4 min read

More and more candidates are registering domain names for their campaigns and websites. Even more, cybersquatters are doing the same for “up and coming” political stars so they can resell it back to the candidate when they seek higher office. Reserving a domain name for the Internet should be a simple issue and if you follow these rules, it will be:

Don’t Wait to Reserve Your Domain Name! Even if you’re not ready to build a website yet or establish your presence on the Web, go ahead and reserve your domain name. It’s inexpensive and it could save you money later. Reserving a domain name will typically cost around $70, but some companies will charge as little as $60 and others will charge as much as $100. It can be worth it to pay a little more if some consulting comes with it. But if you know what you want, you should be able to get it for $70. Keep in mind that you are only purchasing a one or two-year license for the name, but you have the right to renew it after that period should you choose. Most Internet design companies will reserve the name for you and there are numerous places on the Web to reserve it yourself with a credit card.

Choose a name that is easy to remember and will stand the test of time. Don’t make your domain name complicated. If you run into a voter on the street and they ask where they can sign up to help, an easy to remember domain name is critical. I generally recommend to candidates that their political domain name be the same as their given name. In other words, if your name is Rand Paul, then reserve the name www.randpaul.com or www.randpaul.org for your web domain. The reasons are simple: first, if people can remember your name, they can find you on the web. Second, no matter what office you seek or what year you run, it can travel with you. Finally, if you succeed and get elected, you can also transform it into a constituent site for your office – something that can’t be said for a campaign-related domain name (like www.electrandpaul.com). For those three reasons, I see no reason to complicate the matter further.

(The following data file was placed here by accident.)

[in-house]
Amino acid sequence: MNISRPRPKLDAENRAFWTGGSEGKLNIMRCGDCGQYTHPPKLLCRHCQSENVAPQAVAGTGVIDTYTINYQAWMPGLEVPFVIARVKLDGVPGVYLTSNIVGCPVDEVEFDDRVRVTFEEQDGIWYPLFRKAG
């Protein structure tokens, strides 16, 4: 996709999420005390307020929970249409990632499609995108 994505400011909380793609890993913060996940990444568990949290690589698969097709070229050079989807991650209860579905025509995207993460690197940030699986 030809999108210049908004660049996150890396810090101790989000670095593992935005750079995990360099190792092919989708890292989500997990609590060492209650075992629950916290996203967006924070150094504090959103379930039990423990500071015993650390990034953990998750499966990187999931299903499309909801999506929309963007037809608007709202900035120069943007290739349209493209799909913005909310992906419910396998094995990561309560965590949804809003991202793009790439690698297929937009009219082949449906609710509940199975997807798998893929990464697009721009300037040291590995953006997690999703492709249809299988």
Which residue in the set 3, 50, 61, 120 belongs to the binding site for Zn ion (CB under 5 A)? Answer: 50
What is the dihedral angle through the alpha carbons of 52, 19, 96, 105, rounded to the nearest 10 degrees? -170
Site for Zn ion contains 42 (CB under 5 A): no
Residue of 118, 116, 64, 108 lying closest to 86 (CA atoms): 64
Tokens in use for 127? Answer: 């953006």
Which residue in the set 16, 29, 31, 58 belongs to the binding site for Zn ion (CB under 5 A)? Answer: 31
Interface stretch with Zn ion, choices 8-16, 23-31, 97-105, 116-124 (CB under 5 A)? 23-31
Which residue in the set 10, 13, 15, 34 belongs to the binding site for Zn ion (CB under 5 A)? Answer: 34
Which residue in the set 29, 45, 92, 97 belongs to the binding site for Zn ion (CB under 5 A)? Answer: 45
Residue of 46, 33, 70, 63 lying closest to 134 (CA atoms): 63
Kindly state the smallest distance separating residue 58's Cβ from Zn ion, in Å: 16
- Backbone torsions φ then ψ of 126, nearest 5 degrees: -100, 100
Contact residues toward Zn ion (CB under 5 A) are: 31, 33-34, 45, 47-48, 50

If the domain name you want is unavailable, keep it simple. Sometimes www.randpaul.com is not available - especially if it’s a common name. As Mick Jagger would say, “Sometimes you don’t get what you want, you get what you need.” So, choose a domain name that is also simple and portable through different offices and years. Consider a name like www.randforusa.com or www.randonworks.org.

Once you have an effective domain name, let everyone know about it. It’s not enough to have a good domain name, when you make it an integral part of your election effort, be sure to advertise it properly. Consider these mediums as you pursue your name identification.

Some candidates now are putting their domain names on their yard signs: JohnSmith.com instead of the standard Vote for John Smith. I have mixed feelings about this, but you saw some of this with signs in the Presidential campaigns this year. Register your domain name with all the big search engines. There are over 900 search engines these days, but only about 30 – 40 that really matter. Many companies have services that will register your website for a low fee. It’s important to have this done at least once a month for four months. Display your domain name prominently in your direct mail, literature, notepads, radio ads, print ads, and television ads. It will raise your individual name identification while creating an effective tool for organizational politics. The bottom line is simple: In politics today, you need a domain name. Don’t wait, Ted Cruz wishes he had moved earlier to get www.tedcurz.com.